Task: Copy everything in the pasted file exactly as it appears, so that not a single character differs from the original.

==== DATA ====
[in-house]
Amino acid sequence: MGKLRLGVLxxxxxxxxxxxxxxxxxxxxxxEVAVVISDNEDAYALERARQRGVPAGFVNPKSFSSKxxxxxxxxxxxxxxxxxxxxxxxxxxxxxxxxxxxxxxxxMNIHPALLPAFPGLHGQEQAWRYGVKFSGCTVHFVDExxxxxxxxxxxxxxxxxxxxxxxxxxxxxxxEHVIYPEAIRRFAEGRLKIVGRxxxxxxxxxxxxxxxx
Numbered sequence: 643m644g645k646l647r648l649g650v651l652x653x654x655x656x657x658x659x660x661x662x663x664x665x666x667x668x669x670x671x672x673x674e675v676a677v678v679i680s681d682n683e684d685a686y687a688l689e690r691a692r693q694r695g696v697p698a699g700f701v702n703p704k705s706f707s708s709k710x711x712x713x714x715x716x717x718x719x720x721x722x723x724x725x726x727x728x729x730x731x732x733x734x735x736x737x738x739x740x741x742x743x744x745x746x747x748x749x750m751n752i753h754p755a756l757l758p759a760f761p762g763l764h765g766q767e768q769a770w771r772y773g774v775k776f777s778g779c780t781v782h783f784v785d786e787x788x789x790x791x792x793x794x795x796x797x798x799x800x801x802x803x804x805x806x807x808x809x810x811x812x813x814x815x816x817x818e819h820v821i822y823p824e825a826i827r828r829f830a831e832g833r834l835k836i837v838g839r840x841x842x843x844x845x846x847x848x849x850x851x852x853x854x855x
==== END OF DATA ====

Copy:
[in-house]
Amino acid sequence: MGKLRLGVLxxxxxxxxxxxxxxxxxxxxxxEVAVVISDNEDAYALERARQRGVPAGFVNPKSFSSKxxxxxxxxxxxxxxxxxxxxxxxxxxxxxxxxxxxxxxxxMNIHPALLPAFPGLHGQEQAWRYGVKFSGCTVHFVDExxxxxxxxxxxxxxxxxxxxxxxxxxxxxxxEHVIYPEAIRRFAEGRLKIVGRxxxxxxxxxxxxxxxx
Numbered sequence: 643m644g645k646l647r648l649g650v651l652x653x654x655x656x657x658x659x660x661x662x663x664x665x666x667x668x669x670x671x672x673x674e675v676a677v678v679i680s681d682n683e684d685a686y687a688l689e690r691a692r693q694r695g696v697p698a699g700f701v702n703p704k705s706f707s708s709k710x711x712x713x714x715x716x717x718x719x720x721x722x723x724x725x726x727x728x729x730x731x732x733x734x735x736x737x738x739x740x741x742x743x744x745x746x747x748x749x750m751n752i753h754p755a756l757l758p759a760f761p762g763l764h765g766q767e768q769a770w771r772y773g774v775k776f777s778g779c780t781v782h783f784v785d786e787x788x789x790x791x792x793x794x795x796x797x798x799x800x801x802x803x804x805x806x807x808x809x810x811x812x813x814x815x816x817x818e819h820v821i822y823p824e825a826i827r828r829f830a831e832g833r834l835k836i837v838g839r840x841x842x843x844x845x846x847x848x849x850x851x852x853x854x855x